Let me be me for a moment. In all seriousness

Something has been weighing heavily on my mind.

I am 50 years old. There have been 10 Presidents in my lifetime. My recollection of 2 of them is vague, at best, because I was either an infant or very small. I remember President Ford’s term, albeit shorter than others.

This is the thing: I have always felt safe under the President’s watch. It has been almost an afterthought, an expectation, something taken for granted. You elect a candidate because he (And someday, inevitably, blessedly SHE) is capable, intelligent, knowledgeable, and up to the task. Even if your choice doesn’t win, the candidates put forth are expected to be of this high caliber. They answer a higher call to power not simply because they want to be the leader, but because they believe in this nation’s people and its ability to do good. Some have enjoyed the status a little more than others, but for the most part, becoming President of the United States requires selflessness. It requires tenacity. It requires a very thick skin. Those who answer this call take very seriously the commitment to the nation that they are making, and indeed, to the world.

I do not feel safe within the “protective arms” or leadership of the current President. I go to bed worried, and I wake up worried. I look at the news, and at Twitter, usually before I take my first sip of coffee. I go about my days constantly checking in with social media and news outlets because, let’s be honest here: this guy could launch a missile by first announcing it on Twitter. He could declare war on another country, or on a specific group of people, via a tweet. And, in fact, he has. The are no limits to his unhinged megalomania. He is a threat in and of itself.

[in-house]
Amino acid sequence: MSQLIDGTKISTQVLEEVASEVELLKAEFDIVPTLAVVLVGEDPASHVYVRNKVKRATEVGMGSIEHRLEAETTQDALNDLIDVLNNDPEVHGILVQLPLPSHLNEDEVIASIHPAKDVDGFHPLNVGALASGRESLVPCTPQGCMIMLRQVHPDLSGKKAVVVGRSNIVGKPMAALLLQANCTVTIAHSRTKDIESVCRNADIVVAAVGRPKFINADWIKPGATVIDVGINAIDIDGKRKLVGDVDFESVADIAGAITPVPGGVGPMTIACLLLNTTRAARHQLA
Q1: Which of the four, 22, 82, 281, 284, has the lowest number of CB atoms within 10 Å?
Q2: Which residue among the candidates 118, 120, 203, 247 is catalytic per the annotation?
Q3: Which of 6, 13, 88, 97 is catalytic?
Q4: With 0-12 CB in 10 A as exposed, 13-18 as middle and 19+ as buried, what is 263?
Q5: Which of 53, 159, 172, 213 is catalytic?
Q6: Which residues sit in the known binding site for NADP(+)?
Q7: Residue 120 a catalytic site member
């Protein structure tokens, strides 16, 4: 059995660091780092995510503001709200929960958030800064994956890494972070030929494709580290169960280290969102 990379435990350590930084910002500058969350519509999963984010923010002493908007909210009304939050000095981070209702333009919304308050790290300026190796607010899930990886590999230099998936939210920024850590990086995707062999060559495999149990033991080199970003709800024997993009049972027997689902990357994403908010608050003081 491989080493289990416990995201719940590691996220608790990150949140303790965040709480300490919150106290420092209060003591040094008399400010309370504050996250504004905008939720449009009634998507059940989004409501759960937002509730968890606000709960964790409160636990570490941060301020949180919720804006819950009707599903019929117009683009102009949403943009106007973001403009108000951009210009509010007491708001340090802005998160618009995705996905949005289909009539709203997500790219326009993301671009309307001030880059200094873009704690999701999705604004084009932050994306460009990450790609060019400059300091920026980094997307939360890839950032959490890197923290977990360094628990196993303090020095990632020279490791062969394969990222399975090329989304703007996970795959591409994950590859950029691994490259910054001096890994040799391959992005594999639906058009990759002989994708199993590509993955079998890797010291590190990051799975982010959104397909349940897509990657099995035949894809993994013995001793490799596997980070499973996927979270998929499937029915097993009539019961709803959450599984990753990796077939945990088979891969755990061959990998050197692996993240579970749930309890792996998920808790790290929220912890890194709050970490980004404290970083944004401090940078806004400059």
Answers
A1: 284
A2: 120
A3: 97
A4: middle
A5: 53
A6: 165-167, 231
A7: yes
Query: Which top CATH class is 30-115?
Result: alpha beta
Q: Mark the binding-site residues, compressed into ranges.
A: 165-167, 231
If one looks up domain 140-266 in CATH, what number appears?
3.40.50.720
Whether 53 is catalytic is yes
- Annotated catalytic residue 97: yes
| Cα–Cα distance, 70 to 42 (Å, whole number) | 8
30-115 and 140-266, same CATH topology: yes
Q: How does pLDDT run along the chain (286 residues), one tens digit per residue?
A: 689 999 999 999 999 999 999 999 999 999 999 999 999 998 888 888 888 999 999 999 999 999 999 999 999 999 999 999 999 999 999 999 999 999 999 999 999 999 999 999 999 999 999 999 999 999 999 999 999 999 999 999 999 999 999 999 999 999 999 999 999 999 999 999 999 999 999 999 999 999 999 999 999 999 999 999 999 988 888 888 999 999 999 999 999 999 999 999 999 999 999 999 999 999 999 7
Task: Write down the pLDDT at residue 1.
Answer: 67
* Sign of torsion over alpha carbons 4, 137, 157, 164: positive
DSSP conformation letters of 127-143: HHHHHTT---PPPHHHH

I am not going to cite the things he has done during his six months in office that are bad, or negligent. Those who are still with him will simply say “Fake news!” like he has conditioned them to react. I know fake news, and I know the truth when I read it, or hear it. There are real enemies of the truth out there, printing falsehoods just to misguide people; a certain segment of the population doesn’t read past the headlines. A certain segment falls for every story published by TheOnion. A certain segment of the population thinks Alex Jones is a legitimate journalist and freedom fighter and they don’t see him for the grifting, wacko opportunist that he clearly is. A certain segment of the population thinks that Tomi Lahren is a cute l’il scrappy bunny and would you just bless her heart for all those smart, sassy things her little firecracker of a mouth says? Fox News is the anointed truthteller of this Presidency, and not Reuters, The Associated Press, or reliable, trusted guardians of “Just the facts” journalism like a Dan Rather, a Bob Schieffer, or a Diane Sawyer. Fuck those guys, right? If President Trump says they’re lying, they must be. He got elected, after all. He’s qualified.

Except that he isn’t, and they’re not liars. But he is. Every day, he lies. Granted, he doesn’t call it lying; he calls it “hyperbole”. He is, as my grandma would say, a “big bullshitter”. His defenders cry out, “Let Trump be Trump!” but this is not an episode of The West Wing and we are not insisting “Let Bartlet be Bartlet” because Jed Bartlet was a FICTIONAL CHARACTER and even then, Donald Trump is no Jed Bartlet.

This constant tendency he has of bending the truth would not have been tolerated by any person during any other presidency and it should not be now. He does not get a pass because of who he is; an “outsider” new to the game. President Obama did not get a single pass because he was black; even now, he is criticized and in fact demonized, his very legacy under attack. He was not perfect; none of them are. He did, however, lead the country and strove to make us feel safe. He did, and does, possess more honesty and humility in his pinky toe than Donald Trump does in his entire family.